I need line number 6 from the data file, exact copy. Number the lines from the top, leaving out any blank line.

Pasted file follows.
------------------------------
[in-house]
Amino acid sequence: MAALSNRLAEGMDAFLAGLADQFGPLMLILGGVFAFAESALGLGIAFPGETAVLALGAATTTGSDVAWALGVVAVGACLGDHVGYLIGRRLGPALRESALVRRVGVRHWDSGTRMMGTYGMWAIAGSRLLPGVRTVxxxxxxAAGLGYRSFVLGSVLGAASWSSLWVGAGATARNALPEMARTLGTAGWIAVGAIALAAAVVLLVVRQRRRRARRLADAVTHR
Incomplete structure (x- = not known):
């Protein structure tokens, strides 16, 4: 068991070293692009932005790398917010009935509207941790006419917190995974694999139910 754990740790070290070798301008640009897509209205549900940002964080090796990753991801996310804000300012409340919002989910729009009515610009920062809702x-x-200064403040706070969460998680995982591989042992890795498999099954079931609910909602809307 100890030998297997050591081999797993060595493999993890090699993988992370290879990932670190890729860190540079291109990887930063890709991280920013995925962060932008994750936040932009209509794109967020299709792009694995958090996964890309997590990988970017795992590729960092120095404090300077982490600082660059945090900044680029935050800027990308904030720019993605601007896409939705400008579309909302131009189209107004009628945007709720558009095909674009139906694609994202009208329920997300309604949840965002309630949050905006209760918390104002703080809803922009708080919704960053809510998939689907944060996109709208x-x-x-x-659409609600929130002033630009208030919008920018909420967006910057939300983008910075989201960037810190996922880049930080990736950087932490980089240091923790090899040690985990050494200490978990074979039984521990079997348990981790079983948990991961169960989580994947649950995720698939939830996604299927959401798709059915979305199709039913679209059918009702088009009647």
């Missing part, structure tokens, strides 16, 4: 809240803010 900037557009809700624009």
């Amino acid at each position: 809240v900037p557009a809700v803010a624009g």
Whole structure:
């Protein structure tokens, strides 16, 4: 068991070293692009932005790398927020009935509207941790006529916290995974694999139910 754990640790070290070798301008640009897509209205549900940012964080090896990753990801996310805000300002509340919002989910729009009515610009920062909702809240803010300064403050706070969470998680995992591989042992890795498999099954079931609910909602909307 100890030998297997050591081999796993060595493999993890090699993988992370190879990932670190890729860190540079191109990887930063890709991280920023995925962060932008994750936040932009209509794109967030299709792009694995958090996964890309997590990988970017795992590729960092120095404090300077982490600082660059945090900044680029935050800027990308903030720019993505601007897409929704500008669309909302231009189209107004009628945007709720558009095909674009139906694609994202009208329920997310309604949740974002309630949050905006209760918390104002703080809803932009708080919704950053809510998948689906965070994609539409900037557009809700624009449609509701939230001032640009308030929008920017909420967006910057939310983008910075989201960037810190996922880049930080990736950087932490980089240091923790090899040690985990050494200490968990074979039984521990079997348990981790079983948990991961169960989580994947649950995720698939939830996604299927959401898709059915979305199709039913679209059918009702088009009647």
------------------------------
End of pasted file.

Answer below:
């Amino acid at each position: 809240v900037p557009a809700v803010a624009g």